The Call is a natural progression for the band, it shows the band maturing, and evolving far beyond what they have done with their two previous outings Clockwork and Evil Unleashed. This by no means diminishes how good those albums are, it’s just that the band has taken great leap forward with The Call. The band has once again teamed back up with Clockwork producer Daniel. I had a chance to speak to lead singer Guillermo Izquierdo recently, and he mentioned that Daniel made it his mission to make The Call more than just another album. He took it upon himself to push the band, and make this not only the best album possible, but something very personal for him as well, something that is looked back as a defining moment for him as a producer.
The album starts off with the first single “You Are Next”, which coincides with a video game themed video that was released a few weeks ago. If you’ve followed the band at all, you’ll realize that Guillermo vocal style is completely different on this track, and throughout the album. On the band’s previous outings there is an undeniable resemblance to Dave Mustaine. With “You Are Next” he reminds me of Zetro, the former lead singer of EXODUS. You can still hear the Mustaine influence at times, but you can also hear a little Blitz from Overkill, a twinge of Phil Anselmo and shades of Rob Halford in a few spots. While speaking to me he admitted to Mustaine influence, and said “I didn’t want to keep doing Mustaine part 2, while writing the music, it was really calling me to go in a different direction with my vocals. So I naturally followed what seemed natural.” Couple that with Cardoso pushing, and constantly challenging the singer and you have the vocal performance that is displayed throughout the album.
But by listening to the album, you can see that Cardoso challenged the entire band to up their game. The other noticeable improvement is the precision of the rhythm section. Again, this isn’t knocking the band’s previous albums, but Victor Valera like a sharpshooter with his precision on the album. His playing is tighter than it has been on the previous albums; it is at a completely different level than it has been in the past. Bassist Jose J. Izquierdo locks everything down with and is up to the challenge to equal Valera’s playing. Again, the band’s influence can really be seen here with the two locking into place like the legendary combination of Menza and Ellefson. Realize that I’m saying like, not equal to or better than, I need to clarify that before anyone gets all upset over that previous statement.
I keep mentioning Guillermo’s singing, but his and Davish G. Alvarez guitar work has always set the band apart (in my mind) from other contemporary thrash bands. Their playing on this album not only contains their best work as a guitar tandem, but takes what they’ve done in the past and infuses it with other aspects of metal that you may not be accustomed to hearing from the band. This only enhances what they bring to the table with The Call.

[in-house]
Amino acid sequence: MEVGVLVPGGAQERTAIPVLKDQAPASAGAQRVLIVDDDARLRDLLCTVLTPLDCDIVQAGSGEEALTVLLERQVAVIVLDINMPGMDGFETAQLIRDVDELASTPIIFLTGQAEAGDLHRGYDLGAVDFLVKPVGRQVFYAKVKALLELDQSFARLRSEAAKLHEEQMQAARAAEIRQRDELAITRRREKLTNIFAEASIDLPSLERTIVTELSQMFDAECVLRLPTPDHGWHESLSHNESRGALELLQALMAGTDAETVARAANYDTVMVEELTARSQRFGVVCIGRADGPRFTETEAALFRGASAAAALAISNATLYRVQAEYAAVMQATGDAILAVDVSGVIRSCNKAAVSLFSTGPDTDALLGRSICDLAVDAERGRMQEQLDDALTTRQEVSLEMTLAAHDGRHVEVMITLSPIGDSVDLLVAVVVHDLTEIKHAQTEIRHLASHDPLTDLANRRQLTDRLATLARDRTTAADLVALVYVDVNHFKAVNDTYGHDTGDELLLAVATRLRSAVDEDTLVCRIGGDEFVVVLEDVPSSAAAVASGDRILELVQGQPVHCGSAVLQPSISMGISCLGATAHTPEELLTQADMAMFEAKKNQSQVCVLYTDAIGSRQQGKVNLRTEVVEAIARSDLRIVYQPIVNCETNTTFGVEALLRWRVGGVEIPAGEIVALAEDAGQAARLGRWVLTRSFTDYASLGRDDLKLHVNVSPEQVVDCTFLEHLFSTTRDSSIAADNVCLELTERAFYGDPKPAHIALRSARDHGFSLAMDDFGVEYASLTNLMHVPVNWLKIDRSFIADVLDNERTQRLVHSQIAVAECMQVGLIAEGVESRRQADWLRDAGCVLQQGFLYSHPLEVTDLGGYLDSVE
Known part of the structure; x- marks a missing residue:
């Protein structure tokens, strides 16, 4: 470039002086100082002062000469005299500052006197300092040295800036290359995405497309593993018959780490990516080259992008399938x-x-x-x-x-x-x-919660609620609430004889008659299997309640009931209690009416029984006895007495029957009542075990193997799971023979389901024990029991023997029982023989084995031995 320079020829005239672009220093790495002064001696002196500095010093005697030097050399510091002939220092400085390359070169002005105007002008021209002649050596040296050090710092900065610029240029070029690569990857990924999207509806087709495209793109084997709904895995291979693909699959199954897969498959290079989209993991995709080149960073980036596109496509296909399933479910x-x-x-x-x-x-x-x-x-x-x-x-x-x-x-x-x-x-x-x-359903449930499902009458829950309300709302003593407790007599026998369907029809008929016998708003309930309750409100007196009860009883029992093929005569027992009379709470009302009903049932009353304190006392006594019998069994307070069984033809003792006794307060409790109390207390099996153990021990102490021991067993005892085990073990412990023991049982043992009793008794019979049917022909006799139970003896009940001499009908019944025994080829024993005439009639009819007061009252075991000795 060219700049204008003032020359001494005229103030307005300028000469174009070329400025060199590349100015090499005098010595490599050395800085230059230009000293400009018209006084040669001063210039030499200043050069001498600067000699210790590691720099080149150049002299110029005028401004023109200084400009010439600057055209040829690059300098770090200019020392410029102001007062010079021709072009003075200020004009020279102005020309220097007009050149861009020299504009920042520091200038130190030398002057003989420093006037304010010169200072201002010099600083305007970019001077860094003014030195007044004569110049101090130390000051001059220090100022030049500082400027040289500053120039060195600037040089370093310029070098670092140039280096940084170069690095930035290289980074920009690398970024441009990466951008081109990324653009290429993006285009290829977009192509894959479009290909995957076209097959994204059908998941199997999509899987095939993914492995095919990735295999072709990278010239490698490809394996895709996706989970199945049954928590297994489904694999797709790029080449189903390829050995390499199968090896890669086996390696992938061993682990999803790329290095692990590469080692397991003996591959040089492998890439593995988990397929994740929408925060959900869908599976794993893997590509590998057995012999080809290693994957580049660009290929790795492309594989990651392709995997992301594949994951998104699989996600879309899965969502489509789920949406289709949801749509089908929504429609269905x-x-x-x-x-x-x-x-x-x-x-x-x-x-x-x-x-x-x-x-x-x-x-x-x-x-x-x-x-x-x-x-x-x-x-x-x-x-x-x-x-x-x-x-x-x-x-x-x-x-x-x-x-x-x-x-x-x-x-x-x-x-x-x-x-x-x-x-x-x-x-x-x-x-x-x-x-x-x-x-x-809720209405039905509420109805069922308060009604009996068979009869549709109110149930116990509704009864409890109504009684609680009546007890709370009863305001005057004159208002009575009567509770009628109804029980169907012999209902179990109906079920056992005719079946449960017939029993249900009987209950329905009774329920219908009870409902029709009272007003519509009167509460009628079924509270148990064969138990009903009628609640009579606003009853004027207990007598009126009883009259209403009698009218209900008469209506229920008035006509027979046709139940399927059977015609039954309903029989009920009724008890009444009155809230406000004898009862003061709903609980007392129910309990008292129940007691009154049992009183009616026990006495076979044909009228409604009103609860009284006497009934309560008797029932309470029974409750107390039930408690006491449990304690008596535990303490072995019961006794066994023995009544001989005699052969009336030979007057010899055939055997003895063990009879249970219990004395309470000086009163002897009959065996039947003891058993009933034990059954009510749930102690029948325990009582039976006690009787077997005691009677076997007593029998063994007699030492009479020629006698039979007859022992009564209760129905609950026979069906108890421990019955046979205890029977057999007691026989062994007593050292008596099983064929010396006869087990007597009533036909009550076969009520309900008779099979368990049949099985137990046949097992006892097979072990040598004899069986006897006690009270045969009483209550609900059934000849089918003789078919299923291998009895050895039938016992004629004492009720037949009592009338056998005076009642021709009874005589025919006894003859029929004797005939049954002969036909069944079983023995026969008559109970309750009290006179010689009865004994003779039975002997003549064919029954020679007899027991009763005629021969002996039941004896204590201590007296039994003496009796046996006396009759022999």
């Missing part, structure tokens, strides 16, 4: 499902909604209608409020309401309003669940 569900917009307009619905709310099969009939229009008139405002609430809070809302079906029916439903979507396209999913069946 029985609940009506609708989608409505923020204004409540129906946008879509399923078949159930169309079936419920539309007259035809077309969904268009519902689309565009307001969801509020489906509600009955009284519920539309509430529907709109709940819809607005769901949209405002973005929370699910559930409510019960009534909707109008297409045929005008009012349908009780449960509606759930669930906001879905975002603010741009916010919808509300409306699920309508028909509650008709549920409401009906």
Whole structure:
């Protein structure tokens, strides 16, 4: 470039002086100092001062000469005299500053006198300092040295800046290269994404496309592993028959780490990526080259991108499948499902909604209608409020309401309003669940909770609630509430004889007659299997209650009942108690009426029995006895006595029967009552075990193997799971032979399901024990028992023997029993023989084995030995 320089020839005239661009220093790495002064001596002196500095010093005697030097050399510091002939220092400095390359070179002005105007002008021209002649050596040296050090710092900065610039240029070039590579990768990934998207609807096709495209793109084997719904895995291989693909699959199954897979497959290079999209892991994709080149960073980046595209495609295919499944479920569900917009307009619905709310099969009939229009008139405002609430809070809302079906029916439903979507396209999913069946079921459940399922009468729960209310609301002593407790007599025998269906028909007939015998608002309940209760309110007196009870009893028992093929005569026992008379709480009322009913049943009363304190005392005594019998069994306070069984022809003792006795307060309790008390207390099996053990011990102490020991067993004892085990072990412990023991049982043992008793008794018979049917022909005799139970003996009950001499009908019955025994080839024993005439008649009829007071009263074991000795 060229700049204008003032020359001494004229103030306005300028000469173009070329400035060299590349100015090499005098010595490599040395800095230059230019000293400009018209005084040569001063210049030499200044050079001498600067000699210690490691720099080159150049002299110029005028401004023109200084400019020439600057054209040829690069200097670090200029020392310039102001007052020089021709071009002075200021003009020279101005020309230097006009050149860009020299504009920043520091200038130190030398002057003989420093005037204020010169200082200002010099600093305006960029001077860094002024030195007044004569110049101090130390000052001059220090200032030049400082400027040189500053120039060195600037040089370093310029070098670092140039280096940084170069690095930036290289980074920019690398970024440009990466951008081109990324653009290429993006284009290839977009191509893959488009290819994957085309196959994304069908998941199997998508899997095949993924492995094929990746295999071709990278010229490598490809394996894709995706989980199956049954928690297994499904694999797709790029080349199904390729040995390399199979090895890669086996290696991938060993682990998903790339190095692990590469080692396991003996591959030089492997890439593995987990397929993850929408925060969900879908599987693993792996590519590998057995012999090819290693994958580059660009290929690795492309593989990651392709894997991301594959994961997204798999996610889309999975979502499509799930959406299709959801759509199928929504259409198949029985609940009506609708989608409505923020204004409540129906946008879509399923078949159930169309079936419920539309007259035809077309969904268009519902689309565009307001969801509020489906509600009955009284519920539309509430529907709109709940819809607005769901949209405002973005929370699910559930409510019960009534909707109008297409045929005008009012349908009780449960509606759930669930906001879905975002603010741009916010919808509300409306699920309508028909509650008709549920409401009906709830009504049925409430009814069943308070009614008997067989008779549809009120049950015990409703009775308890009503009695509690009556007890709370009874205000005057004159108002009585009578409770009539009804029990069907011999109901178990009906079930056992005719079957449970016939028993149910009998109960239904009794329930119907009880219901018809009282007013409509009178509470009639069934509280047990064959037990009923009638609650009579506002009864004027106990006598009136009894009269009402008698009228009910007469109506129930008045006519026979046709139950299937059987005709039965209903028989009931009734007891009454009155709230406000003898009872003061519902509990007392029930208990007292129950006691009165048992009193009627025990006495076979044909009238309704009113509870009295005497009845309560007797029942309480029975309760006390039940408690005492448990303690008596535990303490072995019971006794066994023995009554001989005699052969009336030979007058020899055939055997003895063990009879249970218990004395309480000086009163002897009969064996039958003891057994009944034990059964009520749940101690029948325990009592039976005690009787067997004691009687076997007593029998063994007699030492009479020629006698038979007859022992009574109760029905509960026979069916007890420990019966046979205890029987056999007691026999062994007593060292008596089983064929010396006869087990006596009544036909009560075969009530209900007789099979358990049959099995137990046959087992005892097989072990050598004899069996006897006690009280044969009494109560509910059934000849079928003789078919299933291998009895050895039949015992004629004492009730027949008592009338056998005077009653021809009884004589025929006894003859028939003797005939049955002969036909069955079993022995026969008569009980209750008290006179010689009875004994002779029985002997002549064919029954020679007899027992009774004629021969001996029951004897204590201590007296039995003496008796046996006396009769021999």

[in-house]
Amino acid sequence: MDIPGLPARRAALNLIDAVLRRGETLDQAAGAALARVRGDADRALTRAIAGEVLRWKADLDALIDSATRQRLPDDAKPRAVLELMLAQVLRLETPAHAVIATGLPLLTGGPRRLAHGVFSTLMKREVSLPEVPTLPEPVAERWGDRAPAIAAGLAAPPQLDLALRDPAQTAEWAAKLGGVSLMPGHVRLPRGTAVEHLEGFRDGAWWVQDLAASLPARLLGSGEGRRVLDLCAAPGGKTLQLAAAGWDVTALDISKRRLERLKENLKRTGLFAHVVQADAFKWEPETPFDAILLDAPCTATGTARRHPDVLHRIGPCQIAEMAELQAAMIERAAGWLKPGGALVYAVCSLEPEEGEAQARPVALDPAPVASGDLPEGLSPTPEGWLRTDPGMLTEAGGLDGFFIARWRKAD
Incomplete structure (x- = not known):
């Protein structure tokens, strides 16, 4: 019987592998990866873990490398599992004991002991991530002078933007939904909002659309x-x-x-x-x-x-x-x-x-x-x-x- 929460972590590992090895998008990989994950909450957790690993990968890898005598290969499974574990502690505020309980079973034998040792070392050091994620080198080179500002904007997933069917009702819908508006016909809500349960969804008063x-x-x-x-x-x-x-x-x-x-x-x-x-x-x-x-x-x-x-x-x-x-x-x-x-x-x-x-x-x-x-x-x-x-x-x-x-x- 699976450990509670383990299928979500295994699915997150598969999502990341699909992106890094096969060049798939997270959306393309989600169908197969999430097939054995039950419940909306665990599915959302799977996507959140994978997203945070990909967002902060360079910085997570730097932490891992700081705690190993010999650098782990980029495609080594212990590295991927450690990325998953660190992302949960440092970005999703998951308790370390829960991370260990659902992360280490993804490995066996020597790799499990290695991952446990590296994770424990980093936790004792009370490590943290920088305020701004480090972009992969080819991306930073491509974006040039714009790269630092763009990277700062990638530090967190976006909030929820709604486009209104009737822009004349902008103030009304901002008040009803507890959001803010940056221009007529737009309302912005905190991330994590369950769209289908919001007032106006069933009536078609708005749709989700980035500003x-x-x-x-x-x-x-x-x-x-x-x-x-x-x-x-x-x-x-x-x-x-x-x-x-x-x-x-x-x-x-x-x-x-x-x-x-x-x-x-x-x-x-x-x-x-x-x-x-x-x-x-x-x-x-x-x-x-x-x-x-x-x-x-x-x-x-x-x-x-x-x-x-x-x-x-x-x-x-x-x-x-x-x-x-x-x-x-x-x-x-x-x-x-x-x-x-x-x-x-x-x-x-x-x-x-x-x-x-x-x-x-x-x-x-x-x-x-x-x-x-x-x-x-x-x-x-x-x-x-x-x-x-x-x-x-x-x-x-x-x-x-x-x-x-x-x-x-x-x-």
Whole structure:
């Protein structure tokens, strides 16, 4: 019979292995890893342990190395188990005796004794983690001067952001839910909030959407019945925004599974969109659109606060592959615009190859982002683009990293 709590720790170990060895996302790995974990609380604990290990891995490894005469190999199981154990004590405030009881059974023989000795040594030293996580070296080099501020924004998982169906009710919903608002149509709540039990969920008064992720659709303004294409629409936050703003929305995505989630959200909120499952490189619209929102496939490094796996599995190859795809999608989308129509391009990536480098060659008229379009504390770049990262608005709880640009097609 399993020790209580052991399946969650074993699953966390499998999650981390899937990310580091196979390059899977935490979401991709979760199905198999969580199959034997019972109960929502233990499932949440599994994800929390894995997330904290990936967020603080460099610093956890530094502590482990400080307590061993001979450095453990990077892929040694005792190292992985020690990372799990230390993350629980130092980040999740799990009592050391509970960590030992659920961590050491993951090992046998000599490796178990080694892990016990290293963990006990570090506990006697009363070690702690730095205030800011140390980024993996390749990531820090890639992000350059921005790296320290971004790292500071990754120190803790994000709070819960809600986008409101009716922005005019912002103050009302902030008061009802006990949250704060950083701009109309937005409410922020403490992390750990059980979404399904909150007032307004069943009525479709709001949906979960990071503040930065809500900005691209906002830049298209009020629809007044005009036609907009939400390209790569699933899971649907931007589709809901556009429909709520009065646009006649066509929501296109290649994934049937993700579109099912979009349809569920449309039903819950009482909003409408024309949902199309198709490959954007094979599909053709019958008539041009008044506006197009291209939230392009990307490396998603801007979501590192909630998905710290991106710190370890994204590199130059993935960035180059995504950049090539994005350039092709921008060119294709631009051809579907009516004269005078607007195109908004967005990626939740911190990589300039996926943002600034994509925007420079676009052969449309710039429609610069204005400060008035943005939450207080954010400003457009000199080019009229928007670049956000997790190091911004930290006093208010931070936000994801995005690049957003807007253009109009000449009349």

Aside from the standard lead single, you’ll find “At The Gates of Hell”, which is like a locomotive building up steam before running you over. “Violent Dawn” which to me blends the cross-over greatness of D.R.I. with some riffing in the vein of SLAYER’s King and Hanneman. “It’s Rising” which offers which offers shades of Painkiller-esque JUDAS PRIEST and a solo outro reminiscent of the heyday of PANTERA. “Blood On The Snow” could have easily of been slotted in on Countdown To Extinction, while “Killer Instinct” is more in more influenced by Peace Sells. “The Hope Is Gone” has an aspect that previous albums did not contain, and that’s melody in band’s chorus. Ok, yes, they’ve had melody in the past, but not this well formed. The chorus of this track permeates your mind, and bounces around in it, in an infectious fashion. “Fresh Pleasure” is an ode to the connection between the crowd, the band, and a nice cold beer. “Still Corrupt” discusses topics that have been present since the origins of thrash, crooked politicians. “Reborn” is a track that really smacked me in the head when I first listened to it. This track to me is a real defining moment for the band, and when I heard it, I had to go back and give it a few more listens to almost believe the track was this good! This track closes the standard edition of the album up. It seems to be a statement by the band, as if to say, ok you’ve heard the album, now realize this is who we are, this is part of our evolution. This track is a full on metal song, with a catchy, infectious chorus that is perfect to hear a crowd at Download, Wacken, Uproar, etc. singing in unison with the band. The riffing is very matriculate, it isn’t full speed thrash, but it really grinds and pummels you from start to finish. As does the entire album, I mention these influences, but I do have to stress that it is all done in the bands own fashion, it isn’t a carbon copy of the band’s I’ve referenced, it is ANGELUS APATRIDA.
I’ve always been opposed to hearing bands cover well known songs. You have to A) have the sack to try and take on certain tracks B) do them well enough so that they aren’t laughable. ANGELUS APATRIDA has never shied away from covers, previously doing PANTERA’s “Domination” and IRON MAIDEN’s “Be Quick Or Be Dead”, and doing them well. This album is no different; they cover possibly my favorite JUDAS PRIEST song “Hell Patrol”, and man is it good! They do all of these covers in their own fashion, but in a way that still keeps the song connected faithfully to its original composition. This is truly a testament to the band’s musicianship, and their ability to pull the tracks off. The expanded edition wraps up with an updated take on a track that appeared on their 2007 album Give ‘Em War called “Free Your Soul”.
This album is recommended to anyone that remotely enjoys any of the bands I have mentioned in this review. On The Call ANGELUS APATRIDA brings old school thrash, and metal into the present, while applying their own ingredients, and making it all truly their own. See them on their current tour, or hopefully they’ll jump stateside shortly. The album is a digital only release in the states and comes out on May 8th.
Victor M. Ruiz